Positive reviews from exhibitors continue to roll in on the second day of the China Shanghai Children’s International Book Fair (CCBF). “Very surprised”, “exceeded expectations” and “so busy” are phrases repeatedly used to describe the fair. For many, a return visit to the next CCBF is almost a done deal.

“While this fair cannot replace BIBF [Beijing International Book Fair], where our group promotes a wide range of books, it is certainly very worthwhile for children’s publishers to be here,” said HarperCollins U.K. group rights director Lucy Vanderbilt.

“I have seen many of our customers and met new potential partners, and we are looking forward to the next CCBF.” Last year, Vanderbilt’s team sold rights for 68 titles to Chinese publishers, most multi-book deals, such as Judith Kerr’s Mog series to Jieli Publishing, and eleven books by Michael Morpurgo to Beijing Double Spiral. “At this fair, much of the interest is on Michael Bond’s Paddington, The Hobbit movie tie-ins and Ted Dewan’s Bing,” added Vanderbilt.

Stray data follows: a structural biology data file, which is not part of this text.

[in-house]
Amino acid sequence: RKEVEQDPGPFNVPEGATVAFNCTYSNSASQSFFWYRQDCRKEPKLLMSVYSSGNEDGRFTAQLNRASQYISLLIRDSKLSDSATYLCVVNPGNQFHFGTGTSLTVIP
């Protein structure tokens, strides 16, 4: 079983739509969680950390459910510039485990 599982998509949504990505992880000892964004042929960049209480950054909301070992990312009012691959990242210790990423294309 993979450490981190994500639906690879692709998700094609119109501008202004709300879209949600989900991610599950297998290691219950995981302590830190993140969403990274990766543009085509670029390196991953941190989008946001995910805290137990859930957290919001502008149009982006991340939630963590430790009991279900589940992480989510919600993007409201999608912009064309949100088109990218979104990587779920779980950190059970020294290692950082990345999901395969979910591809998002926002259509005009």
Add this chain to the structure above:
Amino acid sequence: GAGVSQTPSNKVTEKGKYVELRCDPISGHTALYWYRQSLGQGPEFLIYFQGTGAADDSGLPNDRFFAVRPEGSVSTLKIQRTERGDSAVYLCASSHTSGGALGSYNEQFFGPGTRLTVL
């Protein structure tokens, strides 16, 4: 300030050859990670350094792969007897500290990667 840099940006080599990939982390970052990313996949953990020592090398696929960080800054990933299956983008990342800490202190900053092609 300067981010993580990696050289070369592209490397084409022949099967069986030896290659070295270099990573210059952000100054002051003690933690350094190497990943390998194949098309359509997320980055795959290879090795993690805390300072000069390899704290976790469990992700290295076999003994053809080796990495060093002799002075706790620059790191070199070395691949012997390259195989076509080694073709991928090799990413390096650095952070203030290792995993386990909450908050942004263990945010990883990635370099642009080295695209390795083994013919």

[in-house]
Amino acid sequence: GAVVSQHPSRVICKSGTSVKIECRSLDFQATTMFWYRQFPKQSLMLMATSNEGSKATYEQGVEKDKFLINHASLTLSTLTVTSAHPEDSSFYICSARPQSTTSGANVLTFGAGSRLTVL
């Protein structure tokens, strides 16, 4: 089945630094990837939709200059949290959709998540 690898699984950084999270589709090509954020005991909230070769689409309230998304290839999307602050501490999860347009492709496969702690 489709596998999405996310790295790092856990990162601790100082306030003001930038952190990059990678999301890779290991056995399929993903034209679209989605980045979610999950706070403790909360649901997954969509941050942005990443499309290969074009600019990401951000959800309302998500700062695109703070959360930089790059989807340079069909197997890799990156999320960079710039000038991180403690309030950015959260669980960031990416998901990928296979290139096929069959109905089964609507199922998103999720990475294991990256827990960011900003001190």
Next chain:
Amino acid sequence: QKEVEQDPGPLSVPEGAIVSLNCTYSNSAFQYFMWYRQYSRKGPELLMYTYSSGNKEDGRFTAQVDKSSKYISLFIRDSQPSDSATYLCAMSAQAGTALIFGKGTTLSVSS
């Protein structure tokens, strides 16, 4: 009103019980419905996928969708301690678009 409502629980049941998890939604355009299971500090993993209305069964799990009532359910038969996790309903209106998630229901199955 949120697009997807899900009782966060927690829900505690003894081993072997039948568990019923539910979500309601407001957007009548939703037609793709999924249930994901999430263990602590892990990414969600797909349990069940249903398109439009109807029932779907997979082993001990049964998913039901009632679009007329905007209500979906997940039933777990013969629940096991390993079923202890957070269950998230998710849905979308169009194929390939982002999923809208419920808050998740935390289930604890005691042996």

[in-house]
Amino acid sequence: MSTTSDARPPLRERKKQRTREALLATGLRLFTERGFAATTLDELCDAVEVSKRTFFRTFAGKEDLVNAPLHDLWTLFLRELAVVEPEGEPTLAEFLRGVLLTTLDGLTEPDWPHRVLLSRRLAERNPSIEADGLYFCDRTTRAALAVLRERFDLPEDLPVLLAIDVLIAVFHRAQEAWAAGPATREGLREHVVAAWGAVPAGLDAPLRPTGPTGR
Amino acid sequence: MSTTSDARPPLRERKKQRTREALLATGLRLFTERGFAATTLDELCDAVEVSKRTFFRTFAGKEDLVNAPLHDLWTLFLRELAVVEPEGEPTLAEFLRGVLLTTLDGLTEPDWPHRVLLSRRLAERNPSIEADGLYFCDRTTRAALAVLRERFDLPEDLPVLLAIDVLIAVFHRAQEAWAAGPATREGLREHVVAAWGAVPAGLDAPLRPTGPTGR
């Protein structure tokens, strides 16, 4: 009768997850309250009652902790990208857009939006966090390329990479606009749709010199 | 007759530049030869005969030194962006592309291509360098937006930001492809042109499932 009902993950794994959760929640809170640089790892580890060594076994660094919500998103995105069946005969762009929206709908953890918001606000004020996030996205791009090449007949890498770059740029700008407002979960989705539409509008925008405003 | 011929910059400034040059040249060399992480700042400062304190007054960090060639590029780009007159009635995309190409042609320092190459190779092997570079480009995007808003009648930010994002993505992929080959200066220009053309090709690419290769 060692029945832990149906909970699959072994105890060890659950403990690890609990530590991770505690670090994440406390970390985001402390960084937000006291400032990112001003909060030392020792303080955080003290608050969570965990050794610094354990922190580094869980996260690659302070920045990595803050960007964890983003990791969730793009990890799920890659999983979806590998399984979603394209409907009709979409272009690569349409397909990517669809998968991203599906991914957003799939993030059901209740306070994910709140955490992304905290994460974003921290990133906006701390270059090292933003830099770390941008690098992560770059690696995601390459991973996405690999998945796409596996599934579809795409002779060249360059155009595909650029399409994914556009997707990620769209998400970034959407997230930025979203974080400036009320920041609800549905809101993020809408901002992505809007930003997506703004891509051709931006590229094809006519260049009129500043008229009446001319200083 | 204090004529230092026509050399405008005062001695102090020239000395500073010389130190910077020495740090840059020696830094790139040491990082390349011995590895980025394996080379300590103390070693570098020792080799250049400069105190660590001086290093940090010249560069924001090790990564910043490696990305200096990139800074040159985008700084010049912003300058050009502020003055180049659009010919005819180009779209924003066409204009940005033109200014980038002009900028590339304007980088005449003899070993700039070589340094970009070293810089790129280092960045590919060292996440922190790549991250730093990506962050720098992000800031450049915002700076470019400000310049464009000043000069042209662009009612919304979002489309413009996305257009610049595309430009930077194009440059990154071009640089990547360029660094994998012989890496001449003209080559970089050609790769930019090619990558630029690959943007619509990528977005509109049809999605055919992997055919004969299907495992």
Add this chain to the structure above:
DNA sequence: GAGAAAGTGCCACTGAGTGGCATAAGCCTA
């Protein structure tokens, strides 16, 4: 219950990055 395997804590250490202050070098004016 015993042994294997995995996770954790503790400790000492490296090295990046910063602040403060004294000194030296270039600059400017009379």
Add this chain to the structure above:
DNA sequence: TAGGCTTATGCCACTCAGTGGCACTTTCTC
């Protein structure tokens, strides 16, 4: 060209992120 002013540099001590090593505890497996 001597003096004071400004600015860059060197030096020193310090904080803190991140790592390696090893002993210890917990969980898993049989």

Over at Penguin China, general manager Emily Wang enthused about her CCBF experience. “For the first time, at this inaugural fair, I am meeting with different players in the children’s segment—such as publishers, academicians, kindergarten owners, NGOs, early education specialists and librarians—who are working together to get children to read,” she said. That fits her goal, and the team is focused on promoting reading to children instead of selling rights [as at BIBF]. “Pre-schoolers are our target as they do not yet have a reading list from their schools, and their parents are eager to get them to read and cultivate the reading habit.” Imported English books, with comparatively higher prices, are selling much better nowadays despite limited sales channels, added Wang, pointing out that online retailers such as Amazon and Dangdang are helping to drive the sales. “Our local publishing activities, on the other hand, are focused on translations for those under the age of 8. Picture books sell well for this group but for the older children, they mostly want stories that they can identify with, such as on school life or stories about children in their age group. And this is where we partner with local authors to produce original works with a local context.” As for Penguin bestsellers, classics Peppa Pig and Peter Rabbit remain big in China.